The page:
requires that source apportionment of aerosols into natural (biogenic) and anthropogenic
source categories be accomplished. Carbonaceous aerosols are large contributors
to visibility degradation (extinction) in the West. The organic carbon (OC)
content of atmospheric aerosol has been increasing for the 20 percent dirtiest
day in the intermountain west and can be an important component of aerosols
in southeast and central California. SOA of biogenic origin can be a significant
fraction of this OC aerosol, particularly in heavily forested or rural regions.
To properly apportion the effects of organic aerosols on visibility, it is
necessary to quantify the fraction due to primary emissions and to apportion
the SOA into that fraction due to anthropogenic and biogenic precursors. Because
the atmospheric chemistry that leads to SOA formation is highly complex and
non-linear, the only way to predict and apportion SOA is to build and use models
that accurately describe the formation of SOA from precursor emissions.
Formation of SOAs is important because they contribute significant particle
mass in urban and rural areas. SOAs are derived from volatile and semi-volatile
hydrocarbon emissions from the biosphere, fuels and their combustion products
from mobile sources, and operations concerned with oil and gas exploration and
production. SOAs and their precursors influence atmospheric processes at the
urban, regional, and global scales and potentially affect visibility, ozone
chemistry, ambient PM2.5 (particle mass having diameters of 2.5 microns or less)
concentrations, actinic flux, global climate, and human health. There is a need
to improve our scientific understanding of SOA formation to build more-robust
models for particles, ozone, and visibility. These models must be representative
of actual atmospheric conditions that involve the transport and transformation
of emissions over urban and regional scales.
In response to this need, the researchers are conducting experimental, analytical,
and modeling research whose objective is to investigate SOA formation under
actual field conditions to establish a rich data set that will be analyzed to
characterize SOA formation from hydrocarbon emissions from a number of sources,
at the regional scale. The understanding of SOAs derived from these studies
will contribute to model development and model benchmarking.
Current Status (October 2005)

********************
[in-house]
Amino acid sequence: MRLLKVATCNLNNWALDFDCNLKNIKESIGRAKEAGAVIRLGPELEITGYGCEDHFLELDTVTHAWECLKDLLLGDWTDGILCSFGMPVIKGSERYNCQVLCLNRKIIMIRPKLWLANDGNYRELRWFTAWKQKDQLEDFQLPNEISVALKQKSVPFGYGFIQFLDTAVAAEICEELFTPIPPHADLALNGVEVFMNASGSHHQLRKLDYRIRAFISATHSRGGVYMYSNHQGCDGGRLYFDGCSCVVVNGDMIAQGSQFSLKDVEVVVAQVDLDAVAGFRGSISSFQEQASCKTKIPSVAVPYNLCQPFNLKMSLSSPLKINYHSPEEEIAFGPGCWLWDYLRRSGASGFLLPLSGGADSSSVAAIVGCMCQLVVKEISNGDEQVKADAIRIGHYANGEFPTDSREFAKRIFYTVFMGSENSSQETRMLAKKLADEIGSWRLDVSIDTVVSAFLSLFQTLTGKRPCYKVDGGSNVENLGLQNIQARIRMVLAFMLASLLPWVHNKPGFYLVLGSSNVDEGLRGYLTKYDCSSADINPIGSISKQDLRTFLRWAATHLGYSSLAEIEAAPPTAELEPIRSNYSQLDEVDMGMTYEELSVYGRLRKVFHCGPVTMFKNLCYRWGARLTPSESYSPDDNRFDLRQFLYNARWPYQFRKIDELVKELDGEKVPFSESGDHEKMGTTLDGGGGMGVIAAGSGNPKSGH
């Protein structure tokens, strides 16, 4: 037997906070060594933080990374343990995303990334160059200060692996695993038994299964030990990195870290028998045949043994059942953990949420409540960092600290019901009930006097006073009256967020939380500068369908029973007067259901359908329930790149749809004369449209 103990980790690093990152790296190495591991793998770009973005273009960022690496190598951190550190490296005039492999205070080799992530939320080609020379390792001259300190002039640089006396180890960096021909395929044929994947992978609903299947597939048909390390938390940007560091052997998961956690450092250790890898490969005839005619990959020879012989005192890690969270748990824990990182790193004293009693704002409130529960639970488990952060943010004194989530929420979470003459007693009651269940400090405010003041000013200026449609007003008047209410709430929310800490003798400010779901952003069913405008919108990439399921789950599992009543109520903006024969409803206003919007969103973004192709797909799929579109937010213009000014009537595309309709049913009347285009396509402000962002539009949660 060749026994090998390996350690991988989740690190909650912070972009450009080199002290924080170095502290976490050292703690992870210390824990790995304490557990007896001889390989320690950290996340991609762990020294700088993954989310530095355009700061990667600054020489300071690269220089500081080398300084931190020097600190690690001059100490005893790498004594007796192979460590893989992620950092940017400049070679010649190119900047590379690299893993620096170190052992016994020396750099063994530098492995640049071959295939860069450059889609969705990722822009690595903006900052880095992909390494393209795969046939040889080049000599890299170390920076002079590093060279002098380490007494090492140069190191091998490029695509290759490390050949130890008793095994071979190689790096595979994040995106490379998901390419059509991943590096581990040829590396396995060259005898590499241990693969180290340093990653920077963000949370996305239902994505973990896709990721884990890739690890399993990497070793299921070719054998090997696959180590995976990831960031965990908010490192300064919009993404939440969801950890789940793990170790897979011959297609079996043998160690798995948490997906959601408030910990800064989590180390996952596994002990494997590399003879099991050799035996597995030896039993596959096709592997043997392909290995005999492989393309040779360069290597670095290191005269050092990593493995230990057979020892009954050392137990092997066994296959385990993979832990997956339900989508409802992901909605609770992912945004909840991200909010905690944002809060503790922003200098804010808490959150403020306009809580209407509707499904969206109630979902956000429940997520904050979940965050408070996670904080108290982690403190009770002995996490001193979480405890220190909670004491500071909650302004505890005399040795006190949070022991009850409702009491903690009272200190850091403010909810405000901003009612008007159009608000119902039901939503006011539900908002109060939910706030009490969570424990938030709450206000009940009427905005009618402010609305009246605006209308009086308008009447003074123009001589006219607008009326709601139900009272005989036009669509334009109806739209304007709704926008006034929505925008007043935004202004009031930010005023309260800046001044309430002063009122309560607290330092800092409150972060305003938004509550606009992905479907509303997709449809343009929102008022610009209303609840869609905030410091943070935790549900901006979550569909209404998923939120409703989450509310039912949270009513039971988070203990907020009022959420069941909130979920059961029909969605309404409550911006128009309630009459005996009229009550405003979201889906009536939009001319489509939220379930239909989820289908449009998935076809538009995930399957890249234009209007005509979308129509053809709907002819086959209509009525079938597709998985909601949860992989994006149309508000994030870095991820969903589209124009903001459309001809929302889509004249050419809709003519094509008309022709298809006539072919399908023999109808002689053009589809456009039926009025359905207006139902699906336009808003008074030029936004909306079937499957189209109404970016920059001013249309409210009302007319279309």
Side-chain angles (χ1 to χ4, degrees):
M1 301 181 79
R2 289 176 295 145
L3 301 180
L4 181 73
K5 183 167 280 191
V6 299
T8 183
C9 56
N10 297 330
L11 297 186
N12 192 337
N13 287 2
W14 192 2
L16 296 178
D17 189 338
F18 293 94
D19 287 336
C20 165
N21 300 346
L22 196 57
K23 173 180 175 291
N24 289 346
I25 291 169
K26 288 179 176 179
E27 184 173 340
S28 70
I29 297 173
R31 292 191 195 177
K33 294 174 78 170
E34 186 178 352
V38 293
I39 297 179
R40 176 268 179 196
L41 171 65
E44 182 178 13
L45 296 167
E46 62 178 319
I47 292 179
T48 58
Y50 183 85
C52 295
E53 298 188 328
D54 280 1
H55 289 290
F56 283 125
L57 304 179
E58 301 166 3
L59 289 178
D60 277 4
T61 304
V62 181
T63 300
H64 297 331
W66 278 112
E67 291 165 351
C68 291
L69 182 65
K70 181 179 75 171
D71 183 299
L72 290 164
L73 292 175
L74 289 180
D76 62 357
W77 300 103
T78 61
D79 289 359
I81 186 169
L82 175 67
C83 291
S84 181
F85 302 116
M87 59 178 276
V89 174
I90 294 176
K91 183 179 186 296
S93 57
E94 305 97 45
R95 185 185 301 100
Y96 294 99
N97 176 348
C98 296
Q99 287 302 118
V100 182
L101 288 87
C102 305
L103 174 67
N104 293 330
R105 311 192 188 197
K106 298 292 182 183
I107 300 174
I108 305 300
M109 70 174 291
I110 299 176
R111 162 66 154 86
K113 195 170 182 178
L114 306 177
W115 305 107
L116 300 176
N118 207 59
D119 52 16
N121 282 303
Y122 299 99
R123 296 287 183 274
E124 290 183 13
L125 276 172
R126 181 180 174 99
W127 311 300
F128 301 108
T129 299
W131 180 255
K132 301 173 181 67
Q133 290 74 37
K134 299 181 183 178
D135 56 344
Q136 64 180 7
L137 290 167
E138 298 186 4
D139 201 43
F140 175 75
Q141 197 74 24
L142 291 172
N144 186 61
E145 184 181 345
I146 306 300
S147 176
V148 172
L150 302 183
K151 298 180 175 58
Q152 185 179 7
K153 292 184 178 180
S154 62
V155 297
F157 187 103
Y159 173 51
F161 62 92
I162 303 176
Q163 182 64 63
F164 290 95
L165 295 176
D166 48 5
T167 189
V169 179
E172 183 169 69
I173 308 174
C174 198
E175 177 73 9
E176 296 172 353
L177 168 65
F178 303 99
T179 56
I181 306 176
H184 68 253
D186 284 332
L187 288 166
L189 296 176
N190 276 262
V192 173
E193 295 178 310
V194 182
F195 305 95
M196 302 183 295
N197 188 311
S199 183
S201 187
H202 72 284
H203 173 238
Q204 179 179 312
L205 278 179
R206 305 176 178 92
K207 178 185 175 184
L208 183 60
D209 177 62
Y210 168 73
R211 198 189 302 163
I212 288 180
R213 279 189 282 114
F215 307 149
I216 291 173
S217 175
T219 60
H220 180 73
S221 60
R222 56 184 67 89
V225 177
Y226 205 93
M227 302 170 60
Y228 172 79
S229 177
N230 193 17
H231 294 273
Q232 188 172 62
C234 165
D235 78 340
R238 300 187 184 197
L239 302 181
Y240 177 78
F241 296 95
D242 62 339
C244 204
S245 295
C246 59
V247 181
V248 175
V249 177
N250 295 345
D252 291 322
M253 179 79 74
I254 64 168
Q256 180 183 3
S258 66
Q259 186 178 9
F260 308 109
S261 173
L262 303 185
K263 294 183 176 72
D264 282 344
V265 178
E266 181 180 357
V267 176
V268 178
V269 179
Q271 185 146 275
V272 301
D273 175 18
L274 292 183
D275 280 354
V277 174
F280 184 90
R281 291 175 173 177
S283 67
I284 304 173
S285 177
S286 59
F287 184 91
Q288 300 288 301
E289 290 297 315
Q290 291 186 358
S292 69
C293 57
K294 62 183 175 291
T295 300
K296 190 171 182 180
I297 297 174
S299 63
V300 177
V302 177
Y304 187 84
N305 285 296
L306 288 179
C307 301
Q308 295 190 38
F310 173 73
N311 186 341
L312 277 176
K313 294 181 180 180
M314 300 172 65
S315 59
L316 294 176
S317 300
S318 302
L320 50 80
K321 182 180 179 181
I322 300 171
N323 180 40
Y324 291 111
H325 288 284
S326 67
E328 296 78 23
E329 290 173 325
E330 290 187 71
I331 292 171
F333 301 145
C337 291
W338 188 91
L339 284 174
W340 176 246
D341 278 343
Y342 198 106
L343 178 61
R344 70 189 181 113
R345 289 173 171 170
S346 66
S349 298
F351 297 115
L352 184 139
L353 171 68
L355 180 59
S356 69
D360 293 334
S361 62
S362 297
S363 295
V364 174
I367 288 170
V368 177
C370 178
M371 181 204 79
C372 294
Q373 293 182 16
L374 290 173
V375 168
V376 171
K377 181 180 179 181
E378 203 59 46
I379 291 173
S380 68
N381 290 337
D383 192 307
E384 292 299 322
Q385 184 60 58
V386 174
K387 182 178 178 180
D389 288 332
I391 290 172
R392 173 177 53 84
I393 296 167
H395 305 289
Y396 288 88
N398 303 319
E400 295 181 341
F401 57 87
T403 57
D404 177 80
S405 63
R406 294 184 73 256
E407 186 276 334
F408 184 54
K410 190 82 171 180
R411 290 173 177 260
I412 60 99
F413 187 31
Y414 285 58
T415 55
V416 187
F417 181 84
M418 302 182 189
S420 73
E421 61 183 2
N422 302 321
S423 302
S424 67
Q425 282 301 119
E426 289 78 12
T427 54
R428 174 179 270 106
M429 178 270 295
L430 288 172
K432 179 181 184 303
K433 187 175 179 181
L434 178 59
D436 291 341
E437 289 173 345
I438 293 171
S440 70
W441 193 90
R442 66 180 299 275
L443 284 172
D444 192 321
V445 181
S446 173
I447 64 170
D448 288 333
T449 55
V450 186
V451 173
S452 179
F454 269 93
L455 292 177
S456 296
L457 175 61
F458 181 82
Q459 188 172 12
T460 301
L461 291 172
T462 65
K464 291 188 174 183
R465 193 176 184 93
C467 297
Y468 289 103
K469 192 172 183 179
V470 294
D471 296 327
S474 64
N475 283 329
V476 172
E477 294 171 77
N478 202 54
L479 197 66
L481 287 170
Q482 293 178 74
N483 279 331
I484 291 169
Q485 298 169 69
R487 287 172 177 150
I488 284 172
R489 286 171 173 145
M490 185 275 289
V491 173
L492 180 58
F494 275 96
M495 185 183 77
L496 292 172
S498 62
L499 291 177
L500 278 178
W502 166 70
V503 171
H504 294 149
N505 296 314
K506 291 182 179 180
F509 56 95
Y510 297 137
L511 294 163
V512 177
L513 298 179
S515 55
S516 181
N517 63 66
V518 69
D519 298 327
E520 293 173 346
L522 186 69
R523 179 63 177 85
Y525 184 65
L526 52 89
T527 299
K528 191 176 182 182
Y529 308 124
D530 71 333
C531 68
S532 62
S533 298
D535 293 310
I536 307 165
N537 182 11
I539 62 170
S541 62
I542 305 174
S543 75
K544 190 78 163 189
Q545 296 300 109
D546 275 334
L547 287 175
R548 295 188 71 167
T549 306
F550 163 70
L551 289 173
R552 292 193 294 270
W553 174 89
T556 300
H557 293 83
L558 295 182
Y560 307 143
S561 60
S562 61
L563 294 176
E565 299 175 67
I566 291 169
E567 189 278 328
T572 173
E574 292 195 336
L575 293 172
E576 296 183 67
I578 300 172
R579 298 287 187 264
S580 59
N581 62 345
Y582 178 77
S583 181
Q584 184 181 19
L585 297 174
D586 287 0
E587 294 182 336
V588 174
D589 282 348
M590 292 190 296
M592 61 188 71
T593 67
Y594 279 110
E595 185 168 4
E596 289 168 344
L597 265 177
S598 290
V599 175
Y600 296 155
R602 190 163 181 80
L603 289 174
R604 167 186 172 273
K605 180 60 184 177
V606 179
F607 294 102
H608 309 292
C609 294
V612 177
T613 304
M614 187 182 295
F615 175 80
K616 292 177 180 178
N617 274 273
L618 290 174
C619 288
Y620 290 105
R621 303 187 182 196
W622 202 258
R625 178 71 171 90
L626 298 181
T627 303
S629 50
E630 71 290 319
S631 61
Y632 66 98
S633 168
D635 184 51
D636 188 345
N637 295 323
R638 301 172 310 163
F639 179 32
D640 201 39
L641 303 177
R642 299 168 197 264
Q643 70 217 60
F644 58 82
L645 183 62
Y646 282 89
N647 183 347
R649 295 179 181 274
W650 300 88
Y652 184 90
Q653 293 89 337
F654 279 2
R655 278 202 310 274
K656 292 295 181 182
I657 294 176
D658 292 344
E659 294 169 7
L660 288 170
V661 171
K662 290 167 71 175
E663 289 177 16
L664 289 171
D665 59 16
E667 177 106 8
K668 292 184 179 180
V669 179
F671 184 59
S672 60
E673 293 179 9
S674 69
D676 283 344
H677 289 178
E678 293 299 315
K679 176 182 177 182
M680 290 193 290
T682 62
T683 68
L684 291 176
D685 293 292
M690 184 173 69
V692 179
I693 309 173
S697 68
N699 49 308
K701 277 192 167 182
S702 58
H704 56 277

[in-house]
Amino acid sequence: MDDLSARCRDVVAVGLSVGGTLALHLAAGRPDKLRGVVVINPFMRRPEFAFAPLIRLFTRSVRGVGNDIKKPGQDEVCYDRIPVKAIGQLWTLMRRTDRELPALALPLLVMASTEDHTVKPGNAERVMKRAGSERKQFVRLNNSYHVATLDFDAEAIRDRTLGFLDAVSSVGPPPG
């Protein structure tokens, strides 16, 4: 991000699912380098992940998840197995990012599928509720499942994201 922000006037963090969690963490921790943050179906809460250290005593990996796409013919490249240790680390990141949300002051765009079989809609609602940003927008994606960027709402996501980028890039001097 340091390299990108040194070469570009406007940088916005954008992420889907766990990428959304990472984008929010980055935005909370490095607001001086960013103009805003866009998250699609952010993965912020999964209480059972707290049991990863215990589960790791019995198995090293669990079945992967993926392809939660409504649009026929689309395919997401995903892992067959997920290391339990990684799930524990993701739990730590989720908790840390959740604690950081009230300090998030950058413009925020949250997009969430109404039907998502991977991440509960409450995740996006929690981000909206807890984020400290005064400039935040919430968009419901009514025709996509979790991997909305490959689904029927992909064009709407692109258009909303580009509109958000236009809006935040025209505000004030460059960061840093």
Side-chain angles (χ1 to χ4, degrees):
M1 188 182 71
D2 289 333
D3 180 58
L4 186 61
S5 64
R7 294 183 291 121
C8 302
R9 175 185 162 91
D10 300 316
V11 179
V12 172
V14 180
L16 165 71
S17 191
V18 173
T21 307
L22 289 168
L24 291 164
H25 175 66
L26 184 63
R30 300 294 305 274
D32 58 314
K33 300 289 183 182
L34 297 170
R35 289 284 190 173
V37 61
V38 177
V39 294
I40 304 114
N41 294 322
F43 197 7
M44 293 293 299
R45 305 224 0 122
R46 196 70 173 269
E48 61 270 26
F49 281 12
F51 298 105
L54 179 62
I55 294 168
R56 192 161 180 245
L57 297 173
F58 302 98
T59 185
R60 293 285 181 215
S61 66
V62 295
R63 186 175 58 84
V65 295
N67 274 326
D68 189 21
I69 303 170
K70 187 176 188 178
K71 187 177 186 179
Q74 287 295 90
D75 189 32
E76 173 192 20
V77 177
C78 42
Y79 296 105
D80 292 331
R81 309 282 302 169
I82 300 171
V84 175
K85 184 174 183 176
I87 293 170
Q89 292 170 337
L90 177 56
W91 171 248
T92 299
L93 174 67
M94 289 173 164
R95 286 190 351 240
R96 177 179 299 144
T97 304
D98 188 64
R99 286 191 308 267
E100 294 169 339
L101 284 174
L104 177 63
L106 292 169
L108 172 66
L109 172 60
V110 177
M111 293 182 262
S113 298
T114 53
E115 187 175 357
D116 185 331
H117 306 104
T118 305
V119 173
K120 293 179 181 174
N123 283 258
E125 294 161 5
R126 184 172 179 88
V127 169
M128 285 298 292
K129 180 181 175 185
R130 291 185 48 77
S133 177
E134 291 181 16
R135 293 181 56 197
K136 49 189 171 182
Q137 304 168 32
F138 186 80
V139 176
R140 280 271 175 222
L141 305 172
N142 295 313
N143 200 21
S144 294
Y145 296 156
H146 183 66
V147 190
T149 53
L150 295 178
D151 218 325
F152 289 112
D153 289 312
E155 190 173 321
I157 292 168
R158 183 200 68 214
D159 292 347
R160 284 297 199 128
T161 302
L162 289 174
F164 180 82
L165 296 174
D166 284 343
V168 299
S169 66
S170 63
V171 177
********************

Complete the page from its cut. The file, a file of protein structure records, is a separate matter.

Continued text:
The project performers have requested a no-cost extension for FY 2006 and plan
to apply to DOE for future funding involving flux measurements.
Lunden, Melissa, Black, Douglas, Brown, Nancy, Lee, Anita, Schade, Gunar, and
Goldstein, Allen, Fine Particle Formation and Processing in a California Pine
Forest, American Association of Aerosol Research, October 2003.
Lunden, Melissa, Black, Douglas, and Brown, Nancy, Characterizing the Formation
of Secondary Organic Aerosols, Interim Report to DOE, February 2004. Also: LBNL
Report No. 54446.
Lunden, Melissa, Black, Douglas, Brown, Nancy, Lee, Anita, Schade, Gunar, McKay,
Megan, and Goldstein, Allen, Aerosol Growth Observed in a Sierra Nevada Pine
Forest and its Relationship to Biogenic Volatile Organic Compounds and Anthropogenic
Pollutants, Poster No. A41A-008, American Geophysical Union, San Francisco,
CA, December 2004.
Lunden, M.M., Black, D.R., McKay, M., Revzan, K.L., Goldstein, A.H., and Brown,,
N.J., Characteristics of Fine-Particle Growth Events Observed above a Forested
Ecosystem in the Sierra Nevada Mountains of California, accepted for publication
in Aerosol Science and Technology, 2005. Also: LBNL Report No. 58135.
Project Start: March 27, 2002
Project End: April 26, 2005
Anticipated DOE Contribution: $650,000.
Performer Contribution: $150,000 (in-kind, IPAMS).
Other Government Organizations Involved
California Air Resources Board
National Science Foundation
National Aeronautics and Space Administration.
NETL - Rhonda Jacobs (email@example.com or 918-699-2037)
LBNL - Nancy J. Brown (firstname.lastname@example.org or 510-486-4241)
The tower at the Blodgett Forest field site. The boxes mounted on the tower
contain the aerosol equipment. The adjoining schematic shows the locations of
the aerosol instrumentation on the tower: (1) 2.5 mm cyclone inlet, (2) aethalometer,
(3) condensation particle counter, (4) scanning mobility particle scanner, (5)
optical particle sizer, (6) nephelometer, and (7) filter samplers.
Size distribution measured as a function of time for (a) a typical day when
a growth event occurred and (b) a day when no event occurred. The curves that
overlay the images are the results of the bimodal fitting procedures with the
larger and smaller modes indicated by the dotted and solid lines, respectively.